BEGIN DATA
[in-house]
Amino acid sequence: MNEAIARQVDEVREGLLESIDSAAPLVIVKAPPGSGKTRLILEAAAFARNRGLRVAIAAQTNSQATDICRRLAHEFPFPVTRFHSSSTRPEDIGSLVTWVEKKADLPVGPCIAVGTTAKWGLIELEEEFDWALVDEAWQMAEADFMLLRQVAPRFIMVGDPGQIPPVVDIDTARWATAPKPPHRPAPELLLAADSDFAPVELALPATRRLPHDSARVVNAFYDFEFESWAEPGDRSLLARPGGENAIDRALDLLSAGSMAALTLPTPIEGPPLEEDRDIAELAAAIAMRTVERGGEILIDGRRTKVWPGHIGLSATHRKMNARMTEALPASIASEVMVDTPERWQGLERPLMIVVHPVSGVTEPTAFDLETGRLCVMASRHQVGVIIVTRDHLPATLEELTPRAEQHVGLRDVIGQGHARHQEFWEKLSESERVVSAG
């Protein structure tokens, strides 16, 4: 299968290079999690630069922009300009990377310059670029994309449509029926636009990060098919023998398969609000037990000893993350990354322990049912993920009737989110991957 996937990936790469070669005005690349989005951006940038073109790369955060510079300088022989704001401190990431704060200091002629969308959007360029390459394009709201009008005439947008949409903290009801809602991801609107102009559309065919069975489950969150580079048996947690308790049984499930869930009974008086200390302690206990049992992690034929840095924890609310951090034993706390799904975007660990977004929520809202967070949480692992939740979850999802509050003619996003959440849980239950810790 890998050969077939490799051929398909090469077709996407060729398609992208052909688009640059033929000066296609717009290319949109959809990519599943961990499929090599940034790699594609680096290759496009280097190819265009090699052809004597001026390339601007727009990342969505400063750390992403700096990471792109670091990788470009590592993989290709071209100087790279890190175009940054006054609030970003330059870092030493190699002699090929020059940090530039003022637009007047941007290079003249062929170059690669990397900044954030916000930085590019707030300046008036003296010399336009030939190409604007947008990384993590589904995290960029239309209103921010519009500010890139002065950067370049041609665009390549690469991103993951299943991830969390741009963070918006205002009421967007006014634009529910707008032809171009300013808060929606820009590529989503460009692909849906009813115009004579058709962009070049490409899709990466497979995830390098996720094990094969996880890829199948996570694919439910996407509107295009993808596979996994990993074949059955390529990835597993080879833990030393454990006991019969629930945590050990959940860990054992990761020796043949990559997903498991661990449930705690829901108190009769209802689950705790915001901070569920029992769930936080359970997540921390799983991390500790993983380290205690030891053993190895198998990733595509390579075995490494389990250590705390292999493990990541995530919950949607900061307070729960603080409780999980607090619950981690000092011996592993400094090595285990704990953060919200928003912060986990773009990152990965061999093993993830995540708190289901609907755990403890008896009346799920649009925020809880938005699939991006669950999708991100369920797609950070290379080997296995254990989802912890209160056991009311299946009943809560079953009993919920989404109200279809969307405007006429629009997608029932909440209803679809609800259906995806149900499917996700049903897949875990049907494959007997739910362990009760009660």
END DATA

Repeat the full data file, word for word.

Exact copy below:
[in-house]
Amino acid sequence: MNEAIARQVDEVREGLLESIDSAAPLVIVKAPPGSGKTRLILEAAAFARNRGLRVAIAAQTNSQATDICRRLAHEFPFPVTRFHSSSTRPEDIGSLVTWVEKKADLPVGPCIAVGTTAKWGLIELEEEFDWALVDEAWQMAEADFMLLRQVAPRFIMVGDPGQIPPVVDIDTARWATAPKPPHRPAPELLLAADSDFAPVELALPATRRLPHDSARVVNAFYDFEFESWAEPGDRSLLARPGGENAIDRALDLLSAGSMAALTLPTPIEGPPLEEDRDIAELAAAIAMRTVERGGEILIDGRRTKVWPGHIGLSATHRKMNARMTEALPASIASEVMVDTPERWQGLERPLMIVVHPVSGVTEPTAFDLETGRLCVMASRHQVGVIIVTRDHLPATLEELTPRAEQHVGLRDVIGQGHARHQEFWEKLSESERVVSAG
């Protein structure tokens, strides 16, 4: 299968290079999690630069922009300009990377310059670029994309449509029926636009990060098919023998398969609000037990000893993350990354322990049912993920009737989110991957 996937990936790469070669005005690349989005951006940038073109790369955060510079300088022989704001401190990431704060200091002629969308959007360029390459394009709201009008005439947008949409903290009801809602991801609107102009559309065919069975489950969150580079048996947690308790049984499930869930009974008086200390302690206990049992992690034929840095924890609310951090034993706390799904975007660990977004929520809202967070949480692992939740979850999802509050003619996003959440849980239950810790 890998050969077939490799051929398909090469077709996407060729398609992208052909688009640059033929000066296609717009290319949109959809990519599943961990499929090599940034790699594609680096290759496009280097190819265009090699052809004597001026390339601007727009990342969505400063750390992403700096990471792109670091990788470009590592993989290709071209100087790279890190175009940054006054609030970003330059870092030493190699002699090929020059940090530039003022637009007047941007290079003249062929170059690669990397900044954030916000930085590019707030300046008036003296010399336009030939190409604007947008990384993590589904995290960029239309209103921010519009500010890139002065950067370049041609665009390549690469991103993951299943991830969390741009963070918006205002009421967007006014634009529910707008032809171009300013808060929606820009590529989503460009692909849906009813115009004579058709962009070049490409899709990466497979995830390098996720094990094969996880890829199948996570694919439910996407509107295009993808596979996994990993074949059955390529990835597993080879833990030393454990006991019969629930945590050990959940860990054992990761020796043949990559997903498991661990449930705690829901108190009769209802689950705790915001901070569920029992769930936080359970997540921390799983991390500790993983380290205690030891053993190895198998990733595509390579075995490494389990250590705390292999493990990541995530919950949607900061307070729960603080409780999980607090619950981690000092011996592993400094090595285990704990953060919200928003912060986990773009990152990965061999093993993830995540708190289901609907755990403890008896009346799920649009925020809880938005699939991006669950999708991100369920797609950070290379080997296995254990989802912890209160056991009311299946009943809560079953009993919920989404109200279809969307405007006429629009997608029932909440209803679809609800259906995806149900499917996700049903897949875990049907494959007997739910362990009760009660």